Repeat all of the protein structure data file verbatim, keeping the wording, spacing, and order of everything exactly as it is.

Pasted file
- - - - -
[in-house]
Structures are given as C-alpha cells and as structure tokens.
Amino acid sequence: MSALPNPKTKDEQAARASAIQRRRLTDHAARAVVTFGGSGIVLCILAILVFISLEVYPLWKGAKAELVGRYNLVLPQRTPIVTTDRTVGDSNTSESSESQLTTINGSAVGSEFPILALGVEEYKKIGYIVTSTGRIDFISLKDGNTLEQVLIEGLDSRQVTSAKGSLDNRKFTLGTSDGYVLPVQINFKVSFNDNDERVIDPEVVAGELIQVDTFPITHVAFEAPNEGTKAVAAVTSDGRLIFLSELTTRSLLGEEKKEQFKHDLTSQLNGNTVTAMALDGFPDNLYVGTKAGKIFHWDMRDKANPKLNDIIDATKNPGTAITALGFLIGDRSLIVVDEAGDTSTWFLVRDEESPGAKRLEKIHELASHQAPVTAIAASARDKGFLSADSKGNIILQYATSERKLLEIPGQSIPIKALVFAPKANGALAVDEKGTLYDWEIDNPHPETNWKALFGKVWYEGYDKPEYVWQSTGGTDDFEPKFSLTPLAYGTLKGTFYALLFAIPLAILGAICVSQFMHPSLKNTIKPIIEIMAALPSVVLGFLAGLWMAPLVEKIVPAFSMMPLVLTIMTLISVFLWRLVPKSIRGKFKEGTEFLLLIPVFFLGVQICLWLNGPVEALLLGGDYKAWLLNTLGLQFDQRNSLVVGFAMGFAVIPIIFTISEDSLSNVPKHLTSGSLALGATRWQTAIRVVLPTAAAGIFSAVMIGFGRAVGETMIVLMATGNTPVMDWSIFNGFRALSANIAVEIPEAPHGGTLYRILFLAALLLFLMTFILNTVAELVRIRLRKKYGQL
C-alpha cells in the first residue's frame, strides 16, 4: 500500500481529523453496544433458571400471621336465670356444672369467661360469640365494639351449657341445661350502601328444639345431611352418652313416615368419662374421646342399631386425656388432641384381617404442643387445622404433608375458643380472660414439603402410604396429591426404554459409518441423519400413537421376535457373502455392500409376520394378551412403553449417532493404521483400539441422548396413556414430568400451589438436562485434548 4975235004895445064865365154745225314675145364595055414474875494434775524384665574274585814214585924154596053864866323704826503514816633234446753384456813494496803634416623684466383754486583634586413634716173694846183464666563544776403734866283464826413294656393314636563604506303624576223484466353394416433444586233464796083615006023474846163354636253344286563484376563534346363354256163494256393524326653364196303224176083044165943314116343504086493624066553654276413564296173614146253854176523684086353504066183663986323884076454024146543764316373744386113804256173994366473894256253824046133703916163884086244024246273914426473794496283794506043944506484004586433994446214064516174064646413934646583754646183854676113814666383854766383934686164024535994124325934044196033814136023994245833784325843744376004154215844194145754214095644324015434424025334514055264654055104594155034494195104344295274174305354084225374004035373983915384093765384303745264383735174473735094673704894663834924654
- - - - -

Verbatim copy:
[in-house]
Structures are given as C-alpha cells and as structure tokens.
Amino acid sequence: MSALPNPKTKDEQAARASAIQRRRLTDHAARAVVTFGGSGIVLCILAILVFISLEVYPLWKGAKAELVGRYNLVLPQRTPIVTTDRTVGDSNTSESSESQLTTINGSAVGSEFPILALGVEEYKKIGYIVTSTGRIDFISLKDGNTLEQVLIEGLDSRQVTSAKGSLDNRKFTLGTSDGYVLPVQINFKVSFNDNDERVIDPEVVAGELIQVDTFPITHVAFEAPNEGTKAVAAVTSDGRLIFLSELTTRSLLGEEKKEQFKHDLTSQLNGNTVTAMALDGFPDNLYVGTKAGKIFHWDMRDKANPKLNDIIDATKNPGTAITALGFLIGDRSLIVVDEAGDTSTWFLVRDEESPGAKRLEKIHELASHQAPVTAIAASARDKGFLSADSKGNIILQYATSERKLLEIPGQSIPIKALVFAPKANGALAVDEKGTLYDWEIDNPHPETNWKALFGKVWYEGYDKPEYVWQSTGGTDDFEPKFSLTPLAYGTLKGTFYALLFAIPLAILGAICVSQFMHPSLKNTIKPIIEIMAALPSVVLGFLAGLWMAPLVEKIVPAFSMMPLVLTIMTLISVFLWRLVPKSIRGKFKEGTEFLLLIPVFFLGVQICLWLNGPVEALLLGGDYKAWLLNTLGLQFDQRNSLVVGFAMGFAVIPIIFTISEDSLSNVPKHLTSGSLALGATRWQTAIRVVLPTAAAGIFSAVMIGFGRAVGETMIVLMATGNTPVMDWSIFNGFRALSANIAVEIPEAPHGGTLYRILFLAALLLFLMTFILNTVAELVRIRLRKKYGQL
C-alpha cells in the first residue's frame, strides 16, 4: 500500500481529523453496544433458571400471621336465670356444672369467661360469640365494639351449657341445661350502601328444639345431611352418652313416615368419662374421646342399631386425656388432641384381617404442643387445622404433608375458643380472660414439603402410604396429591426404554459409518441423519400413537421376535457373502455392500409376520394378551412403553449417532493404521483400539441422548396413556414430568400451589438436562485434548 4975235004895445064865365154745225314675145364595055414474875494434775524384665574274585814214585924154596053864866323704826503514816633234446753384456813494496803634416623684466383754486583634586413634716173694846183464666563544776403734866283464826413294656393314636563604506303624576223484466353394416433444586233464796083615006023474846163354636253344286563484376563534346363354256163494256393524326653364196303224176083044165943314116343504086493624066553654276413564296173614146253854176523684086353504066183663986323884076454024146543764316373744386113804256173994366473894256253824046133703916163884086244024246273914426473794496283794506043944506484004586433994446214064516174064646413934646583754646183854676113814666383854766383934686164024535994124325934044196033814136023994245833784325843744376004154215844194145754214095644324015434424025334514055264654055104594155034494195104344295274174305354084225374004035373983915384093765384303745264383735174473735094673704894663834924654